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Environ Mol Mutagen. 2004;43(1):3-9.

Genetic damage detected in CD-1 mouse pups exposed perinatally to 3'-azido-3'-deoxythymidine and dideoxyinosine via maternal dosing, nursing, and direct gavage.

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  • 1National Institute of Environmental Health Sciences, National Institutes of Health, Research Triangle Park, North Carolina 27709, USA.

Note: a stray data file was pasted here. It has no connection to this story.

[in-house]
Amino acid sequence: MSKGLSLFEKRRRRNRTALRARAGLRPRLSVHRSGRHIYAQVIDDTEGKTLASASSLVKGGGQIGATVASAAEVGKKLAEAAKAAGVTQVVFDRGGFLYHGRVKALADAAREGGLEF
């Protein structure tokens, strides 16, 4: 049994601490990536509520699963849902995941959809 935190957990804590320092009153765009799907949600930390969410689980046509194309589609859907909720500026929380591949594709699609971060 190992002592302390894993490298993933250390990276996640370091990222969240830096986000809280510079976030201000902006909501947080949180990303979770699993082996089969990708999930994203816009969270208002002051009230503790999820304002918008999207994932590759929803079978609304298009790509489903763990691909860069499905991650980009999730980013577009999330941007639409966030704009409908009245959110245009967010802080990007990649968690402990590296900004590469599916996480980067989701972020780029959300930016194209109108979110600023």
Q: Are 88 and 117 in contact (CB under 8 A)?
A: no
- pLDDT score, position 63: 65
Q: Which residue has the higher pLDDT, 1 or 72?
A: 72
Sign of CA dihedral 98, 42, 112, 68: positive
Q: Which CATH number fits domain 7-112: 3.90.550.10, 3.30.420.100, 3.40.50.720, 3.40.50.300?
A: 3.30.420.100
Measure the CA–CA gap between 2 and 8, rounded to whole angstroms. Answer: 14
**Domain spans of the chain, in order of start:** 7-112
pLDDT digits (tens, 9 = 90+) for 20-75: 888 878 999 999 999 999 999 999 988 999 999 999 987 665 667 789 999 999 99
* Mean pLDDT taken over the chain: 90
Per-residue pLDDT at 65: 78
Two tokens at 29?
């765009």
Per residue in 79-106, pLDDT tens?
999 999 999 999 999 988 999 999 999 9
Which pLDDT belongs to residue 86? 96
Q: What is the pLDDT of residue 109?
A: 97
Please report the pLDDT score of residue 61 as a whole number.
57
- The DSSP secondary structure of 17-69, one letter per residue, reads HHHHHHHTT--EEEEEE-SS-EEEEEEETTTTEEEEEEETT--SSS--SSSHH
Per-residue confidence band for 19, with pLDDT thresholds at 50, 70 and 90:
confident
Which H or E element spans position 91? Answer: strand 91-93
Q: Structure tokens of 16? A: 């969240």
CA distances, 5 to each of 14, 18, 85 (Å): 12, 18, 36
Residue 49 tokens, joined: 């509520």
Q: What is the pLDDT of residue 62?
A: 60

Human immunodeficiency virus (HIV)-infected pregnant women are administered nucleoside-analogue antiretrovirals to reduce maternal-infant viral transmission. The current protocol recommends treating newborns for 6 additional weeks postpartum. The treatment is effective, but the risk of drug-induced chromosomal damage in neonates remains undefined. We used a mouse model to investigate this concern. In a multigeneration reproductive toxicity study, female CD-1 mice received 3'-azido-3'-deoxythymidine (AZT) and dideoxyinosine (ddI) (50/250, 75/375, 150/750 mg/kg/day AZT/ddI) by gavage twice daily in equal fractions beginning prior to mating and continuing throughout gestation and lactation. Direct pup dosing (same regimen) began on postnatal day (PND) 4. Peripheral blood erythrocytes of male pups were screened for micronuclei, markers of chromosomal damage, on PNDs 1, 4, 8, and 21. Extraordinary increases in micronucleated cells were noted in pups for each treatment group at each sampling time; treated dams exhibited smaller yet significant increases in micronucleated erythrocytes. The frequencies of micronucleated cells in untreated pups were higher than in the untreated dams, and all pups had markedly elevated levels of circulating reticulocytes compared to dams. These observations suggest that fetal and neonatal mouse hematopoietic precursor cells have heightened sensitivity to genotoxic agents, perhaps due to rapid cell proliferation during the perinatal period of development. The amount of genetic damage observed in treated pups raises concern for the potential of similar damage in humans. Investigations of chromosomal integrity in exposed newborns and children are recommended.

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